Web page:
Based in the Ikebukuro district of Tokyo, the Jelco Ichikawa Jewel Company is one of Japan’s many small scale precision engineering companies. It has been manufacturing since 1920, and by the nineteen seventies had naturally turned its hand to turntable parts to reflect the hi-fi boom of that time. It has done a lot of OEM work over the years but has also fostered its own brand, with the SA-250 tonearm putting the company on the hi-fi map. It also sells the straight tubed version of the same, the SA-250T, as well as the flagship SA-750D you see here.
It’s a beautifully built pick-up arm, in the style of the Japanese Audio Technicas of yore. Its chrome finish (in a choice of gunmetal or black) is excellent, its bearings fine and superbly aligned. There’s no surprise that Jelco was chosen to manufacture the Sumiko MMT/FT series, Koetsu and Audioquest PT tonearms back in the nineteen seventies and eighties. It looks pretty conventional; with an effective length of 229mm, 15mm overhang, 214mm mounting distance and a standard 30mm Linn mount it should fit most decks. Cartridge weight spans 4 to 12g, and lateral and vertical friction is 20mg.
As per older Jelcos, it has built-in oil damping which helps out with certain more difficult cartridges. The company’s patented single-point cross suspension system is fitted, which dates back to the nineteen seventies. Spring-applied bias compensation is provided, and there’s a rigid two-pin detachable SME-style headshell, beloved by the Japanese market which loves swapping cartridges. The supplied oxygen-free copper tonearm lead is of good quality with gold plated terminations, and comes with a choice of RCA phono plugs or balanced XLRs. In stock form, it currently costs £465.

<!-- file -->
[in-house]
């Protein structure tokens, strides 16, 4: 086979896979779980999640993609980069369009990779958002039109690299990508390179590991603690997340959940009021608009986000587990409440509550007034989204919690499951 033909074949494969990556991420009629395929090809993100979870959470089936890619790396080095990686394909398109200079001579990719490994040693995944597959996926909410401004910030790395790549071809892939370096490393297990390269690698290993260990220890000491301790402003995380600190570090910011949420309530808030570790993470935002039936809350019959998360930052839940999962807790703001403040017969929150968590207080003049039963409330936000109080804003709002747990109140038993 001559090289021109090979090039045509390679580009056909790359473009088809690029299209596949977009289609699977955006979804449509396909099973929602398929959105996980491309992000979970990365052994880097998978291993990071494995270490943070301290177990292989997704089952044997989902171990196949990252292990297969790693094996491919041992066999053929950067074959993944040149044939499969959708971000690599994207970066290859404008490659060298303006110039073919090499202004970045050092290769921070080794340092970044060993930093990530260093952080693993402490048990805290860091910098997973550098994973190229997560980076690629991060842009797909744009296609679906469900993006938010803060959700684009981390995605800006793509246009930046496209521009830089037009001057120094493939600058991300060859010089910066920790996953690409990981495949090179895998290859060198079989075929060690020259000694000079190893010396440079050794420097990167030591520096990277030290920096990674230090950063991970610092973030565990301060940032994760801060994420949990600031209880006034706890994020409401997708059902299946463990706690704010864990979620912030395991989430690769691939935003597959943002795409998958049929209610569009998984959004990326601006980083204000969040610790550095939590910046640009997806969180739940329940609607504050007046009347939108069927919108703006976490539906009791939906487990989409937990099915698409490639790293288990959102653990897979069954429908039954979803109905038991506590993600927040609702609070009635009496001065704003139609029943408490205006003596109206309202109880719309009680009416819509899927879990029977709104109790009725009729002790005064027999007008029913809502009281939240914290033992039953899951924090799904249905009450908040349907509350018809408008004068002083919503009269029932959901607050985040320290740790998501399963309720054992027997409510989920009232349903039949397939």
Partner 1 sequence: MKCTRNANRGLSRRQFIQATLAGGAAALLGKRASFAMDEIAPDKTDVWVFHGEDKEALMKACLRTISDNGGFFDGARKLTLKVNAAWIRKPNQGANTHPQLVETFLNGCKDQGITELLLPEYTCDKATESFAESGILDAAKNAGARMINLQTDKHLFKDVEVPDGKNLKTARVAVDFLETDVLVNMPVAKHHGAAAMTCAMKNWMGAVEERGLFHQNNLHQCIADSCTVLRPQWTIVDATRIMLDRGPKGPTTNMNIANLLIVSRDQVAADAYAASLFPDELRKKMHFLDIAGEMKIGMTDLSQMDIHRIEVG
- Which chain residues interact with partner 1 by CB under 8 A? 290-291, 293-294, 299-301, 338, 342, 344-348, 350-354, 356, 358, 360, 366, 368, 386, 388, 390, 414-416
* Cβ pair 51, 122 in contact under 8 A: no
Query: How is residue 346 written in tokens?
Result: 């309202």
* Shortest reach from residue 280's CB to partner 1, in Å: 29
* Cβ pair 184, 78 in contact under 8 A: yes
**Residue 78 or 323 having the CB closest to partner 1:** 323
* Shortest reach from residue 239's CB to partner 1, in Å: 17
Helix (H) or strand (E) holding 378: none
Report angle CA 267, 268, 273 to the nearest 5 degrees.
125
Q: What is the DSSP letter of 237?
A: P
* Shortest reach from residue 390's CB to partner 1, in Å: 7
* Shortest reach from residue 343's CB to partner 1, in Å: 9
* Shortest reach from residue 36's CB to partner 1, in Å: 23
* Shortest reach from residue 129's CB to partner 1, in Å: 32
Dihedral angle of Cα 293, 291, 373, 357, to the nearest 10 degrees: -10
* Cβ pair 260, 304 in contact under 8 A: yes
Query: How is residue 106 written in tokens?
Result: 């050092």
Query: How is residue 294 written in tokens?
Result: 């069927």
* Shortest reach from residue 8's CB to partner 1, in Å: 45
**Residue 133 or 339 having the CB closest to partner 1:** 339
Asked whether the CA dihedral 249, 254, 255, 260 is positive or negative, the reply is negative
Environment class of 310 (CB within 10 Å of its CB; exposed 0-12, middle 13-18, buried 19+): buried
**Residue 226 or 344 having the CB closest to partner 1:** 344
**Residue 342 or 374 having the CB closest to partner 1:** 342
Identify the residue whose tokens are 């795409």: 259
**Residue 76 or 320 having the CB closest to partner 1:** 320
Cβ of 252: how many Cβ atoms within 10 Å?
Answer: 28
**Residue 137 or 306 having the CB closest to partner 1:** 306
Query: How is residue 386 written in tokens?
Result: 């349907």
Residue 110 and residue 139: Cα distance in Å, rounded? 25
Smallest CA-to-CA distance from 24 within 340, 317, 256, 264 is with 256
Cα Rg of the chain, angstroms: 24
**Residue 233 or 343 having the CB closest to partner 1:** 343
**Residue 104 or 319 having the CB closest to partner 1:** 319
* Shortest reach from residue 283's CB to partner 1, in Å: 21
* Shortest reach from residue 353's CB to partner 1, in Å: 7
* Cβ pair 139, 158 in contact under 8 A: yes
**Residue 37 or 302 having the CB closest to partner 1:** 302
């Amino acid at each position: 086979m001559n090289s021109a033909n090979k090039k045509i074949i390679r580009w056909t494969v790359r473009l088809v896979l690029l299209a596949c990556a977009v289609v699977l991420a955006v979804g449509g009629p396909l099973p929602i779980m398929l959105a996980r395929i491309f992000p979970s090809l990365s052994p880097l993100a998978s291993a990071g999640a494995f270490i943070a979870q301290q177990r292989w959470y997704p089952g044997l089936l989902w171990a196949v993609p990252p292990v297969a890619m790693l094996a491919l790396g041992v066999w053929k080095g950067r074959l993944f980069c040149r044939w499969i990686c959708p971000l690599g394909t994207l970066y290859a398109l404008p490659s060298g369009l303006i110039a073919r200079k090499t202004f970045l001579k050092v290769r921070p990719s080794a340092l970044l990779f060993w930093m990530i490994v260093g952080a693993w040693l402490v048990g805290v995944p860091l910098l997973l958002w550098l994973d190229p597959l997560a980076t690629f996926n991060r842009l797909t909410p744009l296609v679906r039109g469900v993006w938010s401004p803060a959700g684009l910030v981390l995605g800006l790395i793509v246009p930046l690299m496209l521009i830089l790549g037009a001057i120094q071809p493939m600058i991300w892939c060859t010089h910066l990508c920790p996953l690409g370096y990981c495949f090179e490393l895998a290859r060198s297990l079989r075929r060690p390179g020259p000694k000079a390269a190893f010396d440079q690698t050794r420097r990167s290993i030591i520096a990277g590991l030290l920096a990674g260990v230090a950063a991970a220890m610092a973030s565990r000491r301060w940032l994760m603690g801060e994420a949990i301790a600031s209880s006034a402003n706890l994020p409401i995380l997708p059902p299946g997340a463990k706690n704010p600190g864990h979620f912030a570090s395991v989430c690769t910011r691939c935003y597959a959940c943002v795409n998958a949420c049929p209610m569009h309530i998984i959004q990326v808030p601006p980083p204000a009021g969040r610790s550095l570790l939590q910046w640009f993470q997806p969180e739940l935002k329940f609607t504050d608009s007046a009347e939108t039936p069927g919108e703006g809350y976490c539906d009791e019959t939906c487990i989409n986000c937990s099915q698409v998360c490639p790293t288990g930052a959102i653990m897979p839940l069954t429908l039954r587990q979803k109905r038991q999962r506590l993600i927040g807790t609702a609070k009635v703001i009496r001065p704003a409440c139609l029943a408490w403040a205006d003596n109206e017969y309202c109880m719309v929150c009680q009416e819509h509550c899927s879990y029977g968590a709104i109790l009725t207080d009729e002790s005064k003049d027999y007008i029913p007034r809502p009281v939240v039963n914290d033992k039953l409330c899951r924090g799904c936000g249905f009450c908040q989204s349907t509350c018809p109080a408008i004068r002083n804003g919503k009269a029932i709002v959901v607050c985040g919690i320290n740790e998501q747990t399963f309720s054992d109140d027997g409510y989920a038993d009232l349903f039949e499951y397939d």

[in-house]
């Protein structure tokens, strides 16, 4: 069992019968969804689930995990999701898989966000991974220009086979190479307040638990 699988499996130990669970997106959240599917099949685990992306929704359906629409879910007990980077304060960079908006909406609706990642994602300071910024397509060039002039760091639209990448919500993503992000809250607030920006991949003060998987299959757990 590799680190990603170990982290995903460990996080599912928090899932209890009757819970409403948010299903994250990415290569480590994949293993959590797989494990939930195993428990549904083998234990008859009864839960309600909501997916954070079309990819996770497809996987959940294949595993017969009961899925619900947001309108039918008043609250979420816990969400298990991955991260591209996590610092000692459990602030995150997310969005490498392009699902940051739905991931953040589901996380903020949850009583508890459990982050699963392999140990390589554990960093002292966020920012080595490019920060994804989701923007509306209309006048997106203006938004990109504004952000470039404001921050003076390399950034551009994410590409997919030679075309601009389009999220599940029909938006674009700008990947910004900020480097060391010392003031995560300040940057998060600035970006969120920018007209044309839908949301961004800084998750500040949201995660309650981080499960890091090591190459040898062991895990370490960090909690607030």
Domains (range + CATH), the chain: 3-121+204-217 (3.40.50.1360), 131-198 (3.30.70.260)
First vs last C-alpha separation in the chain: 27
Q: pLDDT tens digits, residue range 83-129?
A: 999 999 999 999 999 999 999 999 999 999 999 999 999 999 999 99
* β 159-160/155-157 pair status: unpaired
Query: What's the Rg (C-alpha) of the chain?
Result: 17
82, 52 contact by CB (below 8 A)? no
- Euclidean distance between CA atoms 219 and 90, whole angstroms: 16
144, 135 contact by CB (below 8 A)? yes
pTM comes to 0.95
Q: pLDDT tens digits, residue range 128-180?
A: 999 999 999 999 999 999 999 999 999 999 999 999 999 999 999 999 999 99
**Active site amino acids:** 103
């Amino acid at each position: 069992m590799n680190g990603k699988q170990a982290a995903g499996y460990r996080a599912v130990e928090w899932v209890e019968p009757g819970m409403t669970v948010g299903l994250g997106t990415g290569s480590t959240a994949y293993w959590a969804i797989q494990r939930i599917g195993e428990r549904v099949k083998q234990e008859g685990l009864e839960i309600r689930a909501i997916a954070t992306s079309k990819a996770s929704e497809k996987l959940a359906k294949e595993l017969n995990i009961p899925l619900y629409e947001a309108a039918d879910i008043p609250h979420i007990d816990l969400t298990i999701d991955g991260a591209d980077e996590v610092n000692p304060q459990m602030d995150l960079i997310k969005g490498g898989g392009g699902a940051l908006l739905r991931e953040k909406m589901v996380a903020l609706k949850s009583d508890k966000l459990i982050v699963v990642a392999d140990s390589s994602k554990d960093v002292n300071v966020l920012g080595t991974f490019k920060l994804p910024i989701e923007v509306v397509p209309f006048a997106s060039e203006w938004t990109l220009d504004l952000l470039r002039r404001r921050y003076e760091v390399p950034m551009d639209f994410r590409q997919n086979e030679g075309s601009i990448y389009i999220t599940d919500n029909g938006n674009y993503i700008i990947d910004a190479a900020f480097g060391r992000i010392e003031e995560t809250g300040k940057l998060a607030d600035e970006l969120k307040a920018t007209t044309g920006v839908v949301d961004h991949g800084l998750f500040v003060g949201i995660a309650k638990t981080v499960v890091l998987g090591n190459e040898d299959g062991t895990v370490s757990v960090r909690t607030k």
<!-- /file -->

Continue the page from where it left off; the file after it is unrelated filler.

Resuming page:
Sonically the SA-750D is a smoothie. It has a clean, spacious and precise sound that’s open and detailed enough to let a really good affordable moving coil like an Audio Technica AT-OC9 really drill down into the recording. The music flows nicely, and its stereo soundstage is accurately reproduced. At the price, it’s an excellent performer. Its Rega rival is a little more dynamically and rhythmically intense, with a more powerful and dynamically explicit sound; it makes the Jelco seem a tad too laid back and diffuse. But by the same token, the Rega can feel rather forced and frigid, whereas the Jelco lets the music lap around you rather than trying to assault you. Bass is warm and fulsome, the midband is open and spacious and the treble sweet and detailed – all of which makes for a very impressive sound at the price.
In absolute terms, the Jelco shows its age. We have newer and more capable designs such as the Roksan Nima on sale now which do better in one specific area or another, but the SA-750D remains an accomplished, consummate all-rounder that’s a joy to handle. It’s really a tonearm in the nineteen seventies mould, a jack-of-all-trades that will get a lot out of a wide variety of cartridges, whereas today’s budget superarms are products that need cartridges purchasing just for them. Think of it more as a classic arm you can still buy new, and you have its measure.